Abstract: PS1245

Type: Poster Presentation

Presentation during EHA23: On Saturday, June 16, 2018 from 17:30 - 19:00

Location: Poster area

Background
AML and MDS patients failing hypomethylating agents (HMA) based therapies have a dismal prognosis highlighting an unmet medical need for these patients. CD123 (Interleukin-3 receptor alpha chain [IL3RA]) is overexpressed in MDS and AML progenitors and seems to be a promising target for immunotherapy. Talacotuzumab (TAL, JNJ-56022473) is an IgG1 monoclonal antibody targeting CD123 preferentially via antibody-dependent cellular cytotoxicity (ADCC). In addition the antibody inhibits IL-3 signaling to impede proliferation of leukemic progenitor cells.

Aims
The SAMBA trial of the German and French MDS study groups within the EMSCO network assessed the safety and efficacy of single agent TAL treatment in patients with higher-risk MDS or AML failing first line treatment with HMAs.

Methods
TAL was given i.v. at a dose of 9mg/kg once every two weeks (14d ± 2d) for a total of 6 infusions and could be continued in responding patients. The study was accompanied by an immune monitoring via flowcytometric analysis to investigate the dispersion of T- and NK cells in blood (PB) and bone marrow (BM) at the time of screening and during therapy in comparison with healthy, age matched controls. Of special importance were NK cells, as they are activated by high-affinity binding by the Fc-region of TAL inducing ADCC at targeted cells.

Results
A total of 24 AML/MDS patients having failed HMA with a median age of 77 years were included (Table 1). Therapy resulted in grade 3/4 infusion related side effects (pneumonia, n=1; infusion-related reaction, n=3; septic shock, n=1) in 4 patients, which led to early study discontinuation. Most frequent severe adverse events observed were infections (38%), cytopenias (9%), cardiac and gastrointestinal (7.5%, each) as well as nervous systems disorders (7.5%) in this older HMA-refractory MDS/AML population. Fourteen patients were assessed for response after 4 infusions and 8 after 6 infusions, respectively. Overall, 5 responders were identified; four AML patients with a marrow partial remission and one with a marrow complete remission; none of the responding patients achieved formal hematological improvement. Duration of response in these patients was short (median 1 month, range 1-6). Three patients are still on treatment based on subjective benefit in two of them despite losing objective response and one MDS patient with disease stabilization. Median survival for the entire cohort of patients is 4.8 months (95%>CI, 2.7–8.7). Prior to therapy, patients already displayed a disturbed immune profile compared to healthy controls. In fact, patients had significantly less mature NK-cells (75% CD56 dim NK-cells in patients vs. 87.9% in controls; p<0.01) including a higher expression of inhibiting (NK-KIR) and less activating (NKG2D and DNAM1) NK-cell receptors (p<0.01).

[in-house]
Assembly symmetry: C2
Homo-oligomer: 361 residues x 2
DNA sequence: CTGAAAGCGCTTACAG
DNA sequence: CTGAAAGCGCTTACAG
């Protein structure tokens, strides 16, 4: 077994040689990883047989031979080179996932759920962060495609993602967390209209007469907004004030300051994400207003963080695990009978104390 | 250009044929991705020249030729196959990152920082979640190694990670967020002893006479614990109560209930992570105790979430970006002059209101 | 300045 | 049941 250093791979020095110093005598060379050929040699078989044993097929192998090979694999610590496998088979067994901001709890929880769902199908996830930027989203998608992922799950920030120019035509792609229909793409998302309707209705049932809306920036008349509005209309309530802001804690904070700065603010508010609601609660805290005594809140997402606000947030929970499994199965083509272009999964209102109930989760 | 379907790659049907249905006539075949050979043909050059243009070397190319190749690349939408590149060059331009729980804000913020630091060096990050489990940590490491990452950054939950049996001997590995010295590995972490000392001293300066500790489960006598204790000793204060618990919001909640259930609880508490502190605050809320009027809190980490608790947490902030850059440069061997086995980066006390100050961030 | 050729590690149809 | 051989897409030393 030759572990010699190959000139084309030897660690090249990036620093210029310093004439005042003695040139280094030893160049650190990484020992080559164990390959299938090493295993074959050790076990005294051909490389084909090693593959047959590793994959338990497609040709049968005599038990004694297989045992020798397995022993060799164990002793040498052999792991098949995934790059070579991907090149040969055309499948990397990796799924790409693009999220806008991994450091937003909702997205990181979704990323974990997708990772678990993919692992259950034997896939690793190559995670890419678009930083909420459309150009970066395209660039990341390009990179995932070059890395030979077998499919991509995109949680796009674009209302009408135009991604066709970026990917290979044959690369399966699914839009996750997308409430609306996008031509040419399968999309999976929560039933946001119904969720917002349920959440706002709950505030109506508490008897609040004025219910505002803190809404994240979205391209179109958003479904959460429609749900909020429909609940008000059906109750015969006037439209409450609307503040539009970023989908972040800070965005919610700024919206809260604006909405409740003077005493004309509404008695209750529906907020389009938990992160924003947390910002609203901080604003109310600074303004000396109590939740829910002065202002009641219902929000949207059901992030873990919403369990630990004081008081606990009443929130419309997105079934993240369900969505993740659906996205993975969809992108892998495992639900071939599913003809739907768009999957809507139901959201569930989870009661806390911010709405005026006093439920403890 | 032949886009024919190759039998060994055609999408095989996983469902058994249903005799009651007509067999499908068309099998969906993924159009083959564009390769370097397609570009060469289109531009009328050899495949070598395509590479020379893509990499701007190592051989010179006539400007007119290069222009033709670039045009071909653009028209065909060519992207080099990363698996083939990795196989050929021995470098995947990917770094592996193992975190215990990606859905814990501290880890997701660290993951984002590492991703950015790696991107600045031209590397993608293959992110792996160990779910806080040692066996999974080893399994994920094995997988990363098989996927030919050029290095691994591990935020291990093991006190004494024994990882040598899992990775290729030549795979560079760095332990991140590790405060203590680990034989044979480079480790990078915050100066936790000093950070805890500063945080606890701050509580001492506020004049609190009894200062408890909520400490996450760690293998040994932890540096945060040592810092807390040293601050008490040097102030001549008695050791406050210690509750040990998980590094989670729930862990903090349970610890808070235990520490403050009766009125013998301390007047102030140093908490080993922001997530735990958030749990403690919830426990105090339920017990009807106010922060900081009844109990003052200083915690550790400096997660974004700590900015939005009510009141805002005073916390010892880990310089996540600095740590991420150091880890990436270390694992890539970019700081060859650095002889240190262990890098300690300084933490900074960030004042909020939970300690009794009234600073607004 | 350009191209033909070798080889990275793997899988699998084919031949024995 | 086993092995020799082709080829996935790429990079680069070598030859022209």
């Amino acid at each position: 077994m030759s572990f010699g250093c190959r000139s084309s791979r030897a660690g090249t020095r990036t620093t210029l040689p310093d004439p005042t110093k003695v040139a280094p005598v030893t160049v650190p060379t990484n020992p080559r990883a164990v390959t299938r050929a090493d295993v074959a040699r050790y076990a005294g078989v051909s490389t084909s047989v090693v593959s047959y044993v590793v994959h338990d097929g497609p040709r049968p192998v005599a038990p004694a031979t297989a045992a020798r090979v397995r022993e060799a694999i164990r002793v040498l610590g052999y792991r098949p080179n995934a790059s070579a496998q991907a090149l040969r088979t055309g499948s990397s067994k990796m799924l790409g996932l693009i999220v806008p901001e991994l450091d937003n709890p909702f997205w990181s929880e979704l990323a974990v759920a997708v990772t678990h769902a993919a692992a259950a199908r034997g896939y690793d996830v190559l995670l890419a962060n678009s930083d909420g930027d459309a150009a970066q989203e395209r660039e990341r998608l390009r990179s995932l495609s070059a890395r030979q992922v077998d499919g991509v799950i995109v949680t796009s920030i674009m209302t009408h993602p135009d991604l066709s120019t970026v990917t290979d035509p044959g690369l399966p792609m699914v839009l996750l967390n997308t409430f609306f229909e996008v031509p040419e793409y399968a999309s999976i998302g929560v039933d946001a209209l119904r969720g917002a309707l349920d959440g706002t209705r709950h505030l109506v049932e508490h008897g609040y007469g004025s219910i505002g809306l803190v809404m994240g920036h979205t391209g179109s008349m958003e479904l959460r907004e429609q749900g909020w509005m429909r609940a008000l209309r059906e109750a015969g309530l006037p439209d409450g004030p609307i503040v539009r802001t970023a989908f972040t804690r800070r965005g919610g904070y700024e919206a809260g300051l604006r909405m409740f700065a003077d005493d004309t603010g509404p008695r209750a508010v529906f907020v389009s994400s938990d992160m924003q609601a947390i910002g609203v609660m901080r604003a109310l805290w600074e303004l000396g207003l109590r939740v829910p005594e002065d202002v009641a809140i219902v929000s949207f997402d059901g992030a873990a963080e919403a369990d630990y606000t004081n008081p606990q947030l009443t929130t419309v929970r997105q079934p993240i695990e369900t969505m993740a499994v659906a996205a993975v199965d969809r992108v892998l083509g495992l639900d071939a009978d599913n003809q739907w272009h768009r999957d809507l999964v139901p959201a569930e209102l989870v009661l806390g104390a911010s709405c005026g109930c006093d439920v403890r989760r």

Conclusion
Even though ADCC-mediated targeting of CD123 seems to be a promising treatment option, patients with advanced MDS/AML displayed significant alterations in their immune cell repertoire which may have contributed to the moderate clinical benefit with single agent TAL treatment.

Session topic: 10. Myelodysplastic syndromes – Clinical

Keyword(s): ADCC, Immune therapy, MDS/AML, NK cell